USS Nimble (AM-459)

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For other ships with the same name, see USS Nimble.
Aggressive-class minesweepers underway c1960.jpg
Nimble (second closest) executing coordinated movements in training.
History
United States
Laid down: 27 April 1953
Launched: 6 August 1954
Commissioned: 11 May 1955
Decommissioned: date unknown
Struck: 1 November 1976
Homeport: Charleston, South Carolina
Fate: sold for scrapping 1 June 1981
General characteristics
Displacement: 775 tons
Length: 172 ft (52 m)
Beam: 36 ft (11 m)
Draft: 10 ft (3.0 m)
Speed: 15 knots
Complement: 65
Armament: one 40mm mount

USS Nimble (AM-459/MSO-459) was an Aggressive-class minesweeper acquired by the U.S. Navy for the task of removing mines that had been placed in the water to prevent the safe passage of ships.

The second warship to be named Nimble by the Navy, MSO-459 was laid down as AM-459, 27 April 1953 by Higgins, Inc., New Orleans, Louisiana; launched 6 August 1954 sponsored by Miss Helen M. Wakeman; reclassified MSO-459 on 7 February 1955; and commissioned 11 May 1955, Lt. John T. O'Brien in command.

East Coast operations[edit]

Nimble, a non-magnetic minesweeper of laminated wood construction, reported for duty with Mine Force, Atlantic Fleet, at New Orleans, 2 June 1955 and departed for her homeport, Charleston, South Carolina. From Charleston, she continued on to Narragansett Bay for shakedown, thence to Key West, Florida, and Little Creek, Virginia, for various training exercises to enable her to sweep magnetic, contact, acoustic and pressure sea mines.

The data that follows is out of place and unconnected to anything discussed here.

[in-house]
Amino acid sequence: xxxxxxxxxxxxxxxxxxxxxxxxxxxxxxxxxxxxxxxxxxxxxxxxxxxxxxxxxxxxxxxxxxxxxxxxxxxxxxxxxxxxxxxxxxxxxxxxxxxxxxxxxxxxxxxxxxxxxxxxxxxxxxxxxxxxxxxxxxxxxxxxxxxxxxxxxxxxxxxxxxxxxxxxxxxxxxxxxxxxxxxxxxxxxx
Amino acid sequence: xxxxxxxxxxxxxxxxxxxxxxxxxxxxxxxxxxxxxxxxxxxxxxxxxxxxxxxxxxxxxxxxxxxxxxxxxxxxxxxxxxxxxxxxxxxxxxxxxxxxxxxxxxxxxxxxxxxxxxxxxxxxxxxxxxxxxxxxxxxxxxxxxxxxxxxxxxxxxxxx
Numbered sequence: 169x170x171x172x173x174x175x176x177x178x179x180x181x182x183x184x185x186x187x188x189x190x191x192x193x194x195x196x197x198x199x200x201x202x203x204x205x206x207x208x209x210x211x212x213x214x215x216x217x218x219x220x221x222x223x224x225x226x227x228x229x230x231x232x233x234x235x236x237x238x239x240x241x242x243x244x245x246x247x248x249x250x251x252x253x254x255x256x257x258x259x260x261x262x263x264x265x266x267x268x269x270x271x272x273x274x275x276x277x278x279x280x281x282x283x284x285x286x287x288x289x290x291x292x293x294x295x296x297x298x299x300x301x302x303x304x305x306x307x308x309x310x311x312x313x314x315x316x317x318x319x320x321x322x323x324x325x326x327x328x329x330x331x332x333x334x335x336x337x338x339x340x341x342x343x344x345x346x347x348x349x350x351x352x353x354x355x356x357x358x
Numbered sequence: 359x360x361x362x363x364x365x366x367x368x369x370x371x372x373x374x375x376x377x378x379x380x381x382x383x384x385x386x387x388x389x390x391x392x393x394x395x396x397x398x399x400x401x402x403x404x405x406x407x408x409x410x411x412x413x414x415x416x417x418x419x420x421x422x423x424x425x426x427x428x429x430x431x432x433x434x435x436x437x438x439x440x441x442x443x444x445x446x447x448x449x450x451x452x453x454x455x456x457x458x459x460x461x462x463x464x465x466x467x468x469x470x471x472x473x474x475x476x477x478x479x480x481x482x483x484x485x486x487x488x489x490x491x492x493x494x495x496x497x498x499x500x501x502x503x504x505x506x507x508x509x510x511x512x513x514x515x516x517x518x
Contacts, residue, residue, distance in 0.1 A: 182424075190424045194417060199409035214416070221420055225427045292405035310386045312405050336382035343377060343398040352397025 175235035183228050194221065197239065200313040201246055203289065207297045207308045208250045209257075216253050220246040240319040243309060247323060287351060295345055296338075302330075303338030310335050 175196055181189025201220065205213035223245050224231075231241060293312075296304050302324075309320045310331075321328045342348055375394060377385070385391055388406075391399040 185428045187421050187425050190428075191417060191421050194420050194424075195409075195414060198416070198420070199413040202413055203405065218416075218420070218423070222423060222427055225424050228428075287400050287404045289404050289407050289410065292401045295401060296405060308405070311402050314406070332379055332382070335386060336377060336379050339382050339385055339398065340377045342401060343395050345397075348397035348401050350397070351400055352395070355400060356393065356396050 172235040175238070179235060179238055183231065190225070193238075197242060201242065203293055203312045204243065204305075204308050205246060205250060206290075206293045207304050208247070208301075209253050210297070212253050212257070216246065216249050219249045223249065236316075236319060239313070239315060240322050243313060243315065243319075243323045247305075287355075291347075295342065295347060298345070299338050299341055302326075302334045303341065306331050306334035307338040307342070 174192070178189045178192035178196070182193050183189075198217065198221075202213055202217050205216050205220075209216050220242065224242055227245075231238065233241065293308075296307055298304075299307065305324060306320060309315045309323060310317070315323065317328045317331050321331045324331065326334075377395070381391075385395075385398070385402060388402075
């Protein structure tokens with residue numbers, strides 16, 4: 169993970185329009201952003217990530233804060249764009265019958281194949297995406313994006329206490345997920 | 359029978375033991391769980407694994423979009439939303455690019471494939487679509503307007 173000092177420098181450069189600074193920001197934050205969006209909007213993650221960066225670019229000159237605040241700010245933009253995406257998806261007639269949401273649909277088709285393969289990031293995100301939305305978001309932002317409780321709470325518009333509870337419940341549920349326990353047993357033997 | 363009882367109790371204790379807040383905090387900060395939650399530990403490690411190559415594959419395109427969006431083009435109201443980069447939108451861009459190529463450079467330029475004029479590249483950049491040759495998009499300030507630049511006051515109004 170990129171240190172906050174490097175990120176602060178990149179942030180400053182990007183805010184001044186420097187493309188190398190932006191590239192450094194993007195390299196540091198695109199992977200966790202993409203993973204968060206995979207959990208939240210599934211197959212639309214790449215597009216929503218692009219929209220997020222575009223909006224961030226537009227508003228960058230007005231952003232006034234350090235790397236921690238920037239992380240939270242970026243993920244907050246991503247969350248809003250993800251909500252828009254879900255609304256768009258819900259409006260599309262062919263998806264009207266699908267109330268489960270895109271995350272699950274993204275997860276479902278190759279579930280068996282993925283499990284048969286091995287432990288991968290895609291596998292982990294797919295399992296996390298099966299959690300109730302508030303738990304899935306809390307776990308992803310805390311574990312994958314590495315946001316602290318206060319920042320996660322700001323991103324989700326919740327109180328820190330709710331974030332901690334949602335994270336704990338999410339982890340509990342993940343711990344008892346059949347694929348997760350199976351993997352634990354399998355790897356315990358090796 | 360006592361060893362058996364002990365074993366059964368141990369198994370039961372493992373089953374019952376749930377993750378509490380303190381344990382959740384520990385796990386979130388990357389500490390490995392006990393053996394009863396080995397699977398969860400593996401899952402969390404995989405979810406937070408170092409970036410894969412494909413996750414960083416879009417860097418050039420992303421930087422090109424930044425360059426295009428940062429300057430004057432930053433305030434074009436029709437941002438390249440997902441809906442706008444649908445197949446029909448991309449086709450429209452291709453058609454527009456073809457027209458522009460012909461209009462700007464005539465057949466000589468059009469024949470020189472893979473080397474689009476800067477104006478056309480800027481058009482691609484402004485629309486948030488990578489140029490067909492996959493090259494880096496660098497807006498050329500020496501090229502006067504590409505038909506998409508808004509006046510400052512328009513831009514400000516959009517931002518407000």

First European deployment[edit]

Until September 1956 Nimble was employed in operations in the 6th Naval District. On the 4th of that month, she departed the South Carolina coast for her first European deployment. Steaming to the North Sea, she participated in NATO exercises, then sailed to the Mediterranean to serve in the U.S. 6th Fleet until 22 February 1957. Beginning with that deployment, Nimble steamed to the Mediterranean for 6 months duty with the 6th Fleet on a bi-yearly basis until 1964. Breaking that pattern in that year, she resumed it in 1965, and has continued to follow it into 1970. Nimble Participated in the recovery effort of the 1966 Palomares B-52 crash.[1]

Supporting NATO exercises and other operations[edit]

On her 6th Fleet deployments she has participated in NATO and fleet exercises; while her U.S. 2nd Fleet duties have brought regular Caribbean operations as well as U.S. East Coast exercises including NATO maneuvers. While on the east coast she has also provided services for the Mine Warfare School, the Fleet Sonar School and the Mine Defense Laboratory.

Decommissioning[edit]

Nimble was stricken 1 November 1976 and sold for scrapping 1 June 1981.

Notes[edit]

  1. ^ Melson, June 1967, p.31

References[edit]

External links[edit]